Have you noticed anything weird lately? I mean besides the global pandemic and collapse of civilization as we know it? Apparently an increasing number of Americans are finding quarantine less isolating than expected, thanks to spectral roommates from the Great Beyond.
“For those whose experience of self-isolation involves what they believe to be a ghost,” wrote Molly Fitzpatrick in the NY Times, “their days are punctuated not just by Zoom meetings or home schooling, but by disembodied voices, shadowy figures, misbehaving electronics, invisible cats cozying up on couches, caresses from hands that aren’t there and even, in some cases — to borrow the technical parlance of Ghostbusters — free-floating, full-torso vaporous apparitions. Some of these people are frightened, of course. Others say they just appreciate the company.”
Reports of ghostly apparitions and hauntings are about six times higher than usual, reports paranormal researcher John E. L. Tenney. Many, he says, can be explained away by long days at home, jittery nerves, and the natural creakiness of settling houses. But in some cases, he suggests, there may be more to it. “Perhaps we’re just now starting to notice that the world is a little bit weirder than we gave it credit for.”
Americans have always loved a good ghost tale; 45% say they do believe in spooks and 30% claim they’d be open to living in a haunted house. And in 2020, it seems, more of us may be doing just that.
Some ghostly roommates seem to be reaching out with a message. Like the one in the apartment American Madison Hill rents in Florence, Italy with her boyfriend (who naturally denies all responsibility for the strange occurrences). First, the bathroom began behaving strangely, slamming doors and throwing towels on the floor. Then small objects began appearing on her bedside table in a manner she described as “mischievous.” One was a long-lost camera lens, which Hill, who’d majored in film in college, took to be a nudge to return to her craft.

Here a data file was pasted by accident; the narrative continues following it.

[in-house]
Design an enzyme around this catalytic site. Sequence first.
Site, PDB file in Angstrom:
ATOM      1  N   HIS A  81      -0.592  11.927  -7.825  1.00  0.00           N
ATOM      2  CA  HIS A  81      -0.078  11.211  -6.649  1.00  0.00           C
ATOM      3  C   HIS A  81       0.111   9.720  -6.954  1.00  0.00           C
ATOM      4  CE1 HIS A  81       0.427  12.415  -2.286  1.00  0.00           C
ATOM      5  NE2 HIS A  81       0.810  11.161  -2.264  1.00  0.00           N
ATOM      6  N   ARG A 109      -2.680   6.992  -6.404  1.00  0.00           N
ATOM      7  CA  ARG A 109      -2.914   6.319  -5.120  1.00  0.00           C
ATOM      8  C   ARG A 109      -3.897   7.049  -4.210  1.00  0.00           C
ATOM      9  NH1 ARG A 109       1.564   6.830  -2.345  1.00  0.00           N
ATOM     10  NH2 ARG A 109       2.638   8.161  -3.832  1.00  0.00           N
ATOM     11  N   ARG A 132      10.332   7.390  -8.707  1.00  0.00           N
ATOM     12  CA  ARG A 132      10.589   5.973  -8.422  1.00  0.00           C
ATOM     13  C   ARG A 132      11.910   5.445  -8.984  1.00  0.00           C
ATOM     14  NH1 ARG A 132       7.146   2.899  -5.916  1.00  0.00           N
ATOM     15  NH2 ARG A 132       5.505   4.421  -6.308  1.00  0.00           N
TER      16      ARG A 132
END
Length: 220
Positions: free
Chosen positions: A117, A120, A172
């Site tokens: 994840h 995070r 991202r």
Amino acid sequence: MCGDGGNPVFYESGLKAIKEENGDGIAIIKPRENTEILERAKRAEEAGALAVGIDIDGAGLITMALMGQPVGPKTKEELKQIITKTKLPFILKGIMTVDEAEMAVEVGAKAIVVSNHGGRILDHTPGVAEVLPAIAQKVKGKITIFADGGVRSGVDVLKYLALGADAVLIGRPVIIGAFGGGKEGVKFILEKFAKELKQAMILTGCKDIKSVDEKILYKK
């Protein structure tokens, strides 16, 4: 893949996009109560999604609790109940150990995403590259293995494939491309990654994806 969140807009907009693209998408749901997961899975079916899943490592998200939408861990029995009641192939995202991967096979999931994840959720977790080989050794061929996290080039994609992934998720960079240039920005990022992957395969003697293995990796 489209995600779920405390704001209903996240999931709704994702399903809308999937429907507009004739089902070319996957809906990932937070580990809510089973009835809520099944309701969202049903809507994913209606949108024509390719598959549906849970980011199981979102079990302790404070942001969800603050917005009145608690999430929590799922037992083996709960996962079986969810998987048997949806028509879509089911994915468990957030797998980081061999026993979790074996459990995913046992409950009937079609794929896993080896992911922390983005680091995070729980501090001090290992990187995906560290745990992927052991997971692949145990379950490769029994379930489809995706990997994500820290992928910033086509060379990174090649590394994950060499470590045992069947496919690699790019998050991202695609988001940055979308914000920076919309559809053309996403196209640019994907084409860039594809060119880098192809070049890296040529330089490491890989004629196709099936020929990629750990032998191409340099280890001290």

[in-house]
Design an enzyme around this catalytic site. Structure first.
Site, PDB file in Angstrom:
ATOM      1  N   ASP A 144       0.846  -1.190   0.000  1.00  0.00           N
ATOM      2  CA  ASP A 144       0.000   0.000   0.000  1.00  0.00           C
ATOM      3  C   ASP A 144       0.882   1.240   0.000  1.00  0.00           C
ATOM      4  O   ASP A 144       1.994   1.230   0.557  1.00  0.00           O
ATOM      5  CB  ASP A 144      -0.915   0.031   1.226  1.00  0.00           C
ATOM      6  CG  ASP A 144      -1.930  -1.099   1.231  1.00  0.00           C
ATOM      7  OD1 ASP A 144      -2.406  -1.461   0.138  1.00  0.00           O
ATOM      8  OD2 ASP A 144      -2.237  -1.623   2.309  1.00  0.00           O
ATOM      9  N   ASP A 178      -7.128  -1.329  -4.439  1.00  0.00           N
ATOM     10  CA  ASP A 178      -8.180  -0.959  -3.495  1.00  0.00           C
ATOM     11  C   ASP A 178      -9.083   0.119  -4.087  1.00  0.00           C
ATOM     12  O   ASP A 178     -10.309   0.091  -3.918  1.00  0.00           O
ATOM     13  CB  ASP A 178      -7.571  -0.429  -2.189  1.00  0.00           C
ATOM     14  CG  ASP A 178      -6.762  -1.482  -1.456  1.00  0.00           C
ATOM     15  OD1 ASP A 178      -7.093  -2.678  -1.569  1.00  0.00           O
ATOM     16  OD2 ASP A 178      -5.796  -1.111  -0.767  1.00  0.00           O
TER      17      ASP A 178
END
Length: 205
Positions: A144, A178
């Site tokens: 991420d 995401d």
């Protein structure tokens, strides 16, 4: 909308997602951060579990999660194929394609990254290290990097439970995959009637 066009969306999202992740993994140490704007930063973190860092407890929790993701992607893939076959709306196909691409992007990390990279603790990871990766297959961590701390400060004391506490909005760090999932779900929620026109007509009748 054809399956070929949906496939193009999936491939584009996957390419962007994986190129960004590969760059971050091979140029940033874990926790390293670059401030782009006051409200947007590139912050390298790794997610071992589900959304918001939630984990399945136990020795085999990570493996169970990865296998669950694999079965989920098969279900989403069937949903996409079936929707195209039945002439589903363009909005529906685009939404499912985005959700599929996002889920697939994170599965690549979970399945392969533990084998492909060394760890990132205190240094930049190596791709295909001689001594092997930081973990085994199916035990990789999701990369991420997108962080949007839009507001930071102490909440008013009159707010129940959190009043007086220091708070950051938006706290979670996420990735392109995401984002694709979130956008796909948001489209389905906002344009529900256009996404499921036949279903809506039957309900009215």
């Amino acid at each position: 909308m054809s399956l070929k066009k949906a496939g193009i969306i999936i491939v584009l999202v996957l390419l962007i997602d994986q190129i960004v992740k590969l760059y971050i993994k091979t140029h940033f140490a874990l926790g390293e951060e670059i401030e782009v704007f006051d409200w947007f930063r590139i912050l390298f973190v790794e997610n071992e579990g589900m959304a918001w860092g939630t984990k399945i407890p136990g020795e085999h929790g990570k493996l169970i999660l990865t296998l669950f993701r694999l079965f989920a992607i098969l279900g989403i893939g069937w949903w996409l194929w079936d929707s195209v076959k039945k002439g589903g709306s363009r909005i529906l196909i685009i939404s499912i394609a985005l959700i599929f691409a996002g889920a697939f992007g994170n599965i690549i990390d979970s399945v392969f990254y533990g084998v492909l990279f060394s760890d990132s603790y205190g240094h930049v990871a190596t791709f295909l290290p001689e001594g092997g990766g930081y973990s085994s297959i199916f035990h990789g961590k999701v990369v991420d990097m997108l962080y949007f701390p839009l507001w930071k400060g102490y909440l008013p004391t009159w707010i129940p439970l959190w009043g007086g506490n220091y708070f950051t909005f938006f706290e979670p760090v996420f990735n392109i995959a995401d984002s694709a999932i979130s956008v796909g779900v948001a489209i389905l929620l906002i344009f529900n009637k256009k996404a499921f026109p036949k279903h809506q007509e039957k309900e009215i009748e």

Not all spectral visitors offer career guidance, but there are other upsides to hanging out with the undead, as outlined in “The benefits of being haunted during the pandemic:”
Phantoms and wraiths aren’t the only ones enlivening our lockdown routine. There’s been a 50% uptick in reports of extraterrestrial visits as well, according to UFO researcher Chris Rutkowski. "Most cases are just ordinary mistakes, misidentifications, but … last year, there was about 3 percent that remained unexplained, that didn't seem to be airplanes, stars, fireballs, all those types of things."
For decades, the US government has been accused of coverups, most famously of an alleged spaceship in Area 51. You can imagine the rapture among ufologists when, in April, the Pentagon admitted to secretly searching for UFOs since 1947, announced an official new task force to investigate “unidentified arial phenomena,” and released videos of three recent UFO sightings.
“When you think about how nuts this year has been,” said late-night host Jimmy Kimmel, “think about this: the Pentagon releases video of UFOs, it’s barely even a story.”
Are more spaceships heading our way these days? Why now? Are we extra-interesting during a global crisis? Could someone be offering cheap package tours to our corner of the universe — the intergalactic equivalent of supersaver fares to Guadalajara during spring break? Or do Americans just have more time to stare at the sky thinking, “Hey, it’s 2020; anything’s possible.”
Personally, I’m dubious about the existence of UFOs and ghosts, but I’ve heard too many stories from reliable friends and relatives to insist it’s all nonsense. Rich still talks about the strange lights inexplicably following his car late one night as he was driving to the Cleveland airport. Alien spacecraft? Road-tired eyes? Is the truth out there?